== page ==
Southern Upland Way Day 12: Over Phawhope Bothy to St Mary’s Loch

Published 16 February 2012

Cartoon of two walkers. One says "Walking the Southern Upland Way?" The other says "Nope! North Coast to South Coast!". A sheep goes "Gulp! I mean... Baa"

Ten and a half miles to St Mary’s Loch said the sign and who was I to argue with it? A short day then, but my legs weren’t complaining. They’d felt stiff all night and I’d also spent the wee hours with my feet throbbing as well.

Anyway, there wasn’t that much of an alternative. The next village was Traquair which lay a further twelve miles on and whilst I could wild camp between the two, it would mean missing out on a pub visit and, more importantly, a shower. After two nights in bothies, I was feeling ready for a little comfort.

For the first few miles the Southern Upland Way followed a gravel track, past a derelict farmhouse at Potburn; its windows and doors boarded up tight, presumably to keep out the sheep that grazed contentedly in its former gardens. A forlorn looking set of unused telegraph poles led me from the building up to a proper road, with the old cables cut and bundled up neatly.

Potburn

The road and the Ettrick river which flowed nearby meandered through the valley past a steady stream of farms and occasional cottages. Most looked like they’d been there for centuries but at Roweburn a modern looking bungalow (perhaps a replacement for the decrepit Potburn) looked slightly out-of-place. It was there that a small terrier leapt through a gap in a fence and began chasing a group of sheep six times the size of its own tiny body, yapping away and successfully herding them into a corner before breaking off and coming straight at me instead.

It yapped enthusiastically whilst searching for the hole in the wire that would let it get access to the road, jump up at me and demand a good stroke and a belly rub. Clearly the sheep were its main interest though and having had its fill of my attention, it darted off once more to chase them around the field until a distant voice called it back to the farmhouse.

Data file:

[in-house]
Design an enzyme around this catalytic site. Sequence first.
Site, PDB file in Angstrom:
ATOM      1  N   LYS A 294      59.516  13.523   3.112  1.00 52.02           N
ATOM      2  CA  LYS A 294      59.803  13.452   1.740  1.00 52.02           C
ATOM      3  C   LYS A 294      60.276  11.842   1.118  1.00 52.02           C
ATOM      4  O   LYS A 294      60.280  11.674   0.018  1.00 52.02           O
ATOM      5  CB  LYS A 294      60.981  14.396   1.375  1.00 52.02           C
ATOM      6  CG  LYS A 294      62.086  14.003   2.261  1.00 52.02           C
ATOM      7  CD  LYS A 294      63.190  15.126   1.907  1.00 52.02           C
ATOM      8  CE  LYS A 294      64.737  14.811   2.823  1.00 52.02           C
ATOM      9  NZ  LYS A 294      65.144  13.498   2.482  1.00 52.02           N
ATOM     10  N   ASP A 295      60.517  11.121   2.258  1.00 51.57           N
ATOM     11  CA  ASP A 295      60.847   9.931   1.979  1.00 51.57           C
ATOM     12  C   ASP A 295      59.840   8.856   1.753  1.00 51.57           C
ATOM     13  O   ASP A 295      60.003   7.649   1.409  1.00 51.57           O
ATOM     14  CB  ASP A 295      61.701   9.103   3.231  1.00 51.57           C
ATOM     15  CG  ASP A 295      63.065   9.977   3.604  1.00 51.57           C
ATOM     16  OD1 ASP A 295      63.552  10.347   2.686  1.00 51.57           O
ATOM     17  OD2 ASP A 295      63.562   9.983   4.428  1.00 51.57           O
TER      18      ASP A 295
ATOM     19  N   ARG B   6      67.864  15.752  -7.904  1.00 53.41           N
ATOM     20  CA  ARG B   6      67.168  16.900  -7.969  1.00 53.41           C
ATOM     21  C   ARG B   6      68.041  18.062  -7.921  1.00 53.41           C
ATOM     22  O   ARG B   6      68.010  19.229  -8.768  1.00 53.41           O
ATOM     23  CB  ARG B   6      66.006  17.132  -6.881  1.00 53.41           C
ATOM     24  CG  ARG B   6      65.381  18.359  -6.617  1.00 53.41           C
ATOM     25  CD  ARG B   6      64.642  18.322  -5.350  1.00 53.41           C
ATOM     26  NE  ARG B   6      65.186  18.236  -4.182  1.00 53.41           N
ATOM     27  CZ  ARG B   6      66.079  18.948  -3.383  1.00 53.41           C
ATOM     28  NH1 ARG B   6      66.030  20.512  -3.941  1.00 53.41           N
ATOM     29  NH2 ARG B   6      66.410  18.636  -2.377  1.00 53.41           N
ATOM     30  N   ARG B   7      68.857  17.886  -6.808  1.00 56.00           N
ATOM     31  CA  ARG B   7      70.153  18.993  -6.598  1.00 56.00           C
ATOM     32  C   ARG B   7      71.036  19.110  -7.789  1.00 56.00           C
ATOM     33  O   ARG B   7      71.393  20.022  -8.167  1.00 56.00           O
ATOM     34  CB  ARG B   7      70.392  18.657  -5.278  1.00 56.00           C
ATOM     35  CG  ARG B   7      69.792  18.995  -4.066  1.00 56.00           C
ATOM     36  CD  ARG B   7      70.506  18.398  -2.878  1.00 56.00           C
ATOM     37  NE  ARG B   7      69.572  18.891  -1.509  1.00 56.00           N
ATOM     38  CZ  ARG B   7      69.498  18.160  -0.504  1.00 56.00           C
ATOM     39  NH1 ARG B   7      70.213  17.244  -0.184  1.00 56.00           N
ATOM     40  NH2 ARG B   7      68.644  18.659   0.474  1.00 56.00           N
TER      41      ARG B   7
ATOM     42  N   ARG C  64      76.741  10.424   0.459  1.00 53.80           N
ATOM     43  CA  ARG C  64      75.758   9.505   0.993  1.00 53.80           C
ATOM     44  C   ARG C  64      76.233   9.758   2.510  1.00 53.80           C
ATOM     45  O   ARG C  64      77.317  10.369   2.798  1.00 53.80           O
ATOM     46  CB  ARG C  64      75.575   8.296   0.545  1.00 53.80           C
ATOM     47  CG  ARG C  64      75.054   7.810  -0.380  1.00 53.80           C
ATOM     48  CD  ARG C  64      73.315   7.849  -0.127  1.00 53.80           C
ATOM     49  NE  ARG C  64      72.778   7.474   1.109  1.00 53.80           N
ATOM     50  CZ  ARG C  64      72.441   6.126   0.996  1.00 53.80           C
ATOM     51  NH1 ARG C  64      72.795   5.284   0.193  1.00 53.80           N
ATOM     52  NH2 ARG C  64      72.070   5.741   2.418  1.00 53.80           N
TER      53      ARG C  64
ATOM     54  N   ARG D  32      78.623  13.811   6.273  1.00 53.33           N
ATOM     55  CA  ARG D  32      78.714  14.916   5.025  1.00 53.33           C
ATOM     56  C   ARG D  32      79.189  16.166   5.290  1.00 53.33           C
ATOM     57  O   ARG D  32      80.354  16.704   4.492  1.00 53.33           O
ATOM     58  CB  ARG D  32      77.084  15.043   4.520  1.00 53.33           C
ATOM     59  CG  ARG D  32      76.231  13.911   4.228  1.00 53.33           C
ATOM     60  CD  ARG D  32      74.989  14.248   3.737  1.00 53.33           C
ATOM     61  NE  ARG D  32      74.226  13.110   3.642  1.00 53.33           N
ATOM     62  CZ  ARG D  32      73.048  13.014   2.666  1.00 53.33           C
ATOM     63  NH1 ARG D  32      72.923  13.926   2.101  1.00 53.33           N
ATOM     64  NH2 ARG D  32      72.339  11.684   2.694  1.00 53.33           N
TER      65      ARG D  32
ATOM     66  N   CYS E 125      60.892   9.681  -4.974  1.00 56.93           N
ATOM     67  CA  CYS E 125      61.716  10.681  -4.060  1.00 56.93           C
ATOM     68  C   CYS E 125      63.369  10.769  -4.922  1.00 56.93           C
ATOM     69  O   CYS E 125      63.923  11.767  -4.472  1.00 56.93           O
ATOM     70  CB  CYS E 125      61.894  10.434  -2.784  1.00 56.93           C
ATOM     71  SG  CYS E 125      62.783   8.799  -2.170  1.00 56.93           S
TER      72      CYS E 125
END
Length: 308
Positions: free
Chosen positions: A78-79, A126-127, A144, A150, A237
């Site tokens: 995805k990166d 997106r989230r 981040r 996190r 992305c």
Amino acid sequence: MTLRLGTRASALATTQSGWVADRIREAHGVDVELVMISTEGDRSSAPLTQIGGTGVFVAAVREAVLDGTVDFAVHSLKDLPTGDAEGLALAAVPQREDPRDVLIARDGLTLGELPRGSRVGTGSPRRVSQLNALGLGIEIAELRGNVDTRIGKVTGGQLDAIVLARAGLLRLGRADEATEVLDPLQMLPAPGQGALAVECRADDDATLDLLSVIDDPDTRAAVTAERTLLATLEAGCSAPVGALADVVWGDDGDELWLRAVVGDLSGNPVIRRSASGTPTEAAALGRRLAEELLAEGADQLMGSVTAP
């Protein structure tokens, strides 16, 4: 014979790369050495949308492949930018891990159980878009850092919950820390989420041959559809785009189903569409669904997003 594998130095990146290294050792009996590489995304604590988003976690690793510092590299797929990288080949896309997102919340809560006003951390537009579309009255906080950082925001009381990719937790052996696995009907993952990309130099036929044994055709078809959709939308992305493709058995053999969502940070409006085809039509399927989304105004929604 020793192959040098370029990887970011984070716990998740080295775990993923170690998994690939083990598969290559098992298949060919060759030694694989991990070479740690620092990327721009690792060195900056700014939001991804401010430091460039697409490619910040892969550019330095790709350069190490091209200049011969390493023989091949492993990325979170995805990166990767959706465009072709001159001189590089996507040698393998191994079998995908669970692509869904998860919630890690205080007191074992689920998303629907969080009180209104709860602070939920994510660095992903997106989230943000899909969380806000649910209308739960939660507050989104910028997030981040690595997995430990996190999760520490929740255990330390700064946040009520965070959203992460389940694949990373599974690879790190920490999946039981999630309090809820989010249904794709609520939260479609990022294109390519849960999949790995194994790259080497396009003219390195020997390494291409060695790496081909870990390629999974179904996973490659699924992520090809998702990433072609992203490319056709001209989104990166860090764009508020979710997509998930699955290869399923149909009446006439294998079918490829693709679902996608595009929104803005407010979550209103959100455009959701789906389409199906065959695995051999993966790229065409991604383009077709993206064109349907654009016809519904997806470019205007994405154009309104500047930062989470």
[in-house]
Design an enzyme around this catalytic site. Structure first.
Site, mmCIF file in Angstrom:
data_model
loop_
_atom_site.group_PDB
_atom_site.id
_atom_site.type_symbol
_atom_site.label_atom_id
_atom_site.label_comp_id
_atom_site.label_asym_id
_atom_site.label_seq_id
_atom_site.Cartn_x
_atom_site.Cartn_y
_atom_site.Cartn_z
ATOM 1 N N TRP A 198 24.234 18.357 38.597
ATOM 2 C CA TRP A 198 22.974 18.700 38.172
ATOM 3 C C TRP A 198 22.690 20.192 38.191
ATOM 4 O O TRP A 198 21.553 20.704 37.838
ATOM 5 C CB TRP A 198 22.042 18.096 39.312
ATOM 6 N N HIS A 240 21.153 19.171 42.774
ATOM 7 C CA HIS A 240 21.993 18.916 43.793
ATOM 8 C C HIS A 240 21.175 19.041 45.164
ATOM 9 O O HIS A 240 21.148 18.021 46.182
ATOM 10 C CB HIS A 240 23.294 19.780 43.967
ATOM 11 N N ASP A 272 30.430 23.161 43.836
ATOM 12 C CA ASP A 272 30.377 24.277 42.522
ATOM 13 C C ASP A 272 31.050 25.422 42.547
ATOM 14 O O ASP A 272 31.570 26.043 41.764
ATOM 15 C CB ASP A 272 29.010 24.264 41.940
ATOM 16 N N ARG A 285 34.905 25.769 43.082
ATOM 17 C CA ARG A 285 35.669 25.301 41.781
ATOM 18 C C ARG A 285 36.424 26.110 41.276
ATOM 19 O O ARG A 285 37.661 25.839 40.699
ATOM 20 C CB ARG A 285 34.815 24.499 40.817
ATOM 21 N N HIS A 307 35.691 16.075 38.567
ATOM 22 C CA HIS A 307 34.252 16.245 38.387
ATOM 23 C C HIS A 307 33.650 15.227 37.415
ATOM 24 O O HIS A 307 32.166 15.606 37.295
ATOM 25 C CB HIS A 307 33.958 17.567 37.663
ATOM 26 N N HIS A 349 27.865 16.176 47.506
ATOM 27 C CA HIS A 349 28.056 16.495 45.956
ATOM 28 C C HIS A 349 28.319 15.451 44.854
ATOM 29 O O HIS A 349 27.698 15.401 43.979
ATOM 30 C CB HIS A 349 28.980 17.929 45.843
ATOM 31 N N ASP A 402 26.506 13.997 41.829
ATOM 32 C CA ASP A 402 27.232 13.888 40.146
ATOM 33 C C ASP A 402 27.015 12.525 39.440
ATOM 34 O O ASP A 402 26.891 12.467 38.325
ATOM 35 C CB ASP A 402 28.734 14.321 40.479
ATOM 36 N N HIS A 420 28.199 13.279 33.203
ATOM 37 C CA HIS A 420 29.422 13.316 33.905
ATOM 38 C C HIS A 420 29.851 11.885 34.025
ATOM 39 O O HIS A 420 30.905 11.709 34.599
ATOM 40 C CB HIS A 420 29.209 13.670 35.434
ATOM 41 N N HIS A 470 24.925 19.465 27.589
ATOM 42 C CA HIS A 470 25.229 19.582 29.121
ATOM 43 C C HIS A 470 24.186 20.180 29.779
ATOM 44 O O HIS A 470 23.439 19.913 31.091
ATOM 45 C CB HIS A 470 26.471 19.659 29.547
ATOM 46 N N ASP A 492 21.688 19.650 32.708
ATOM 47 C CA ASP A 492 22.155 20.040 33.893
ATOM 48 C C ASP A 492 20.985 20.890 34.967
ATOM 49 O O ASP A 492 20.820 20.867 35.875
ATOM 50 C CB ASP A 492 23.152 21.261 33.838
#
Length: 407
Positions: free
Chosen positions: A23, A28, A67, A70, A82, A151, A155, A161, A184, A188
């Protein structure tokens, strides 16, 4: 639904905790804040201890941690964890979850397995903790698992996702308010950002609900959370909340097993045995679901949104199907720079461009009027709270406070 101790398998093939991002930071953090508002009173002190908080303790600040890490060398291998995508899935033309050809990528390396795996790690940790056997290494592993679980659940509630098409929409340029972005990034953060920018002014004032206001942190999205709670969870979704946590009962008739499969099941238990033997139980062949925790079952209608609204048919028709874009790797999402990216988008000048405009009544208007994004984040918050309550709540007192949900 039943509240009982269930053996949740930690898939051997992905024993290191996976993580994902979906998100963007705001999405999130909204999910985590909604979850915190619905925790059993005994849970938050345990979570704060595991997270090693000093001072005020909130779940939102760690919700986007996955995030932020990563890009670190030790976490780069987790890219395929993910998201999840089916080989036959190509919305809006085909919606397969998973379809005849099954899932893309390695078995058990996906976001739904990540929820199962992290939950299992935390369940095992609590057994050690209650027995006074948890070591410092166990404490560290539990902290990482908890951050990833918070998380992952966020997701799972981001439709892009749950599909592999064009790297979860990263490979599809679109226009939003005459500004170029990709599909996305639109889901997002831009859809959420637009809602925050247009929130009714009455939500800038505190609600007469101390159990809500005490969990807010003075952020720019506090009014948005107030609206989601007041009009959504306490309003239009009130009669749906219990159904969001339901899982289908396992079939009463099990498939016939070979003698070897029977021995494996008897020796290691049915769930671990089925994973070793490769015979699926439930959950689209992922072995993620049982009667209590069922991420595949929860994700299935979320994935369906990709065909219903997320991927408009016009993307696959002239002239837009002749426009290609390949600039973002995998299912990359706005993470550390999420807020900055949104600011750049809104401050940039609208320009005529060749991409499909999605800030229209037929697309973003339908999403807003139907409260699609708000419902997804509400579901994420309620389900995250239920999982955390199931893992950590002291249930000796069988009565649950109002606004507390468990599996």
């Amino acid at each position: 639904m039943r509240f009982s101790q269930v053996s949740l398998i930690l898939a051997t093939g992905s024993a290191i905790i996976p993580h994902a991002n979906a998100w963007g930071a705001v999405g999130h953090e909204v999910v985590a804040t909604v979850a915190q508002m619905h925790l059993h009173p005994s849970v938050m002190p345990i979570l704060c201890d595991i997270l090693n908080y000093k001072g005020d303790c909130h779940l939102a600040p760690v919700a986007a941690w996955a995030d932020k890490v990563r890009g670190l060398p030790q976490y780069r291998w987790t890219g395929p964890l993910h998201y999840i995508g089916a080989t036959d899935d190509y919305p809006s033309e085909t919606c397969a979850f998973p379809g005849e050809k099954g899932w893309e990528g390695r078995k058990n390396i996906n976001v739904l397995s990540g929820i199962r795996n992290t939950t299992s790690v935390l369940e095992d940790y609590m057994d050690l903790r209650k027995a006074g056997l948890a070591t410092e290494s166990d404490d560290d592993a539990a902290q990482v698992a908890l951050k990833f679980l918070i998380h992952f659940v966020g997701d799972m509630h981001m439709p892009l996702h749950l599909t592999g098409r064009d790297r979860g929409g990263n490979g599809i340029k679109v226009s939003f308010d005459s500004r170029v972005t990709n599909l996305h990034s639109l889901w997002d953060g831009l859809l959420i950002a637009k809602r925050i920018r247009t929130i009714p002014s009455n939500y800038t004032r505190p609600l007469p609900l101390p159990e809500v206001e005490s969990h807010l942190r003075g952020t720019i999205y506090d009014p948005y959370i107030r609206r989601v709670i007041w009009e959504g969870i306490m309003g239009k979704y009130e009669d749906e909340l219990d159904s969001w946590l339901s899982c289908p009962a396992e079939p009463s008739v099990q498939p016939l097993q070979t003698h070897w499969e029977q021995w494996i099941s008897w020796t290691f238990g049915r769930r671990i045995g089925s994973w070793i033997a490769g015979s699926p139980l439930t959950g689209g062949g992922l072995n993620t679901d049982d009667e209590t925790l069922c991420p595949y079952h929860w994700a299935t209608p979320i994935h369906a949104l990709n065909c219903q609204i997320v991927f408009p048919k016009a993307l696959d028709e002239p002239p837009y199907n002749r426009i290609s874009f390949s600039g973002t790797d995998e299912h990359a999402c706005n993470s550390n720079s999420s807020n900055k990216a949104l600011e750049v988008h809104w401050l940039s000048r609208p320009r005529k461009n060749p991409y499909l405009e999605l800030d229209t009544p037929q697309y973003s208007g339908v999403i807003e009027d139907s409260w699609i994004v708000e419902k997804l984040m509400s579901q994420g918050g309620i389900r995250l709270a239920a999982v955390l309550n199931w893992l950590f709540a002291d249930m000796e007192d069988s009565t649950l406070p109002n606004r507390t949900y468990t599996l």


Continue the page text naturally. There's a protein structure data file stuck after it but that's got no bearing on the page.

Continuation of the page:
The dog wasn’t the only distraction. A little further on an optical illusion provided a moment of confusion when it appeared that the river was actually flowing up hill, and this seemed as good a place as any to stop and rest. As I did I watched the skies suddenly darken and heavy rain began to come down. Given I could see lots of blue sky right ahead of me, I had this strange feeling that it wouldn’t last too long and sure enough, after a few minutes the rain had given up, but it was too late for my rest. The feet were already moving once more.

Beautiful as the Ettrick Valley was in the sunshine, the amount of road walking needed was taking its toll on my throbbing feet and I was more than happy to finally head off the road, even if it did require an extremely steep climb up Scabcleuch Hill. Deciding to have a rest I plonked myself down on the grass for an early lunch before dozing off under the blazing sun.

Sheepfold on Peniestone Knowe

It was an unusual noise that woke me. It was the sound of a carrier bag rustling and, bleary eyed, I looked up to see a fellow walker with a large rucksack travelling in the opposite direction and heading towards me. Blimey, I thought, rubbing my eyes with disbelief. Could it be that there was actually another Southern Upland Way walker out there? Or was I still dreaming? I pinched myself to check. Nope. Definitely awake. A hallucination perhaps? Caused by loneliness. There was only one thing for it. I’d have to actually ask and find out. At least if he wasn’t real, only the nearby sheep would know about my descent into madness.

“Nope! Doing the North Coast to South Coast,” was the cheerful reply from a very real hiker to my question asking if he was doing the Southern Upland Way. “Started off on the Cape Wrath trail, then did the West Highland Way before coming through Glasgow and arriving on the Southern Upland Way for a bit.” A Yorkshire man, he’d been given six months off work and thought “What the hell?” and headed off.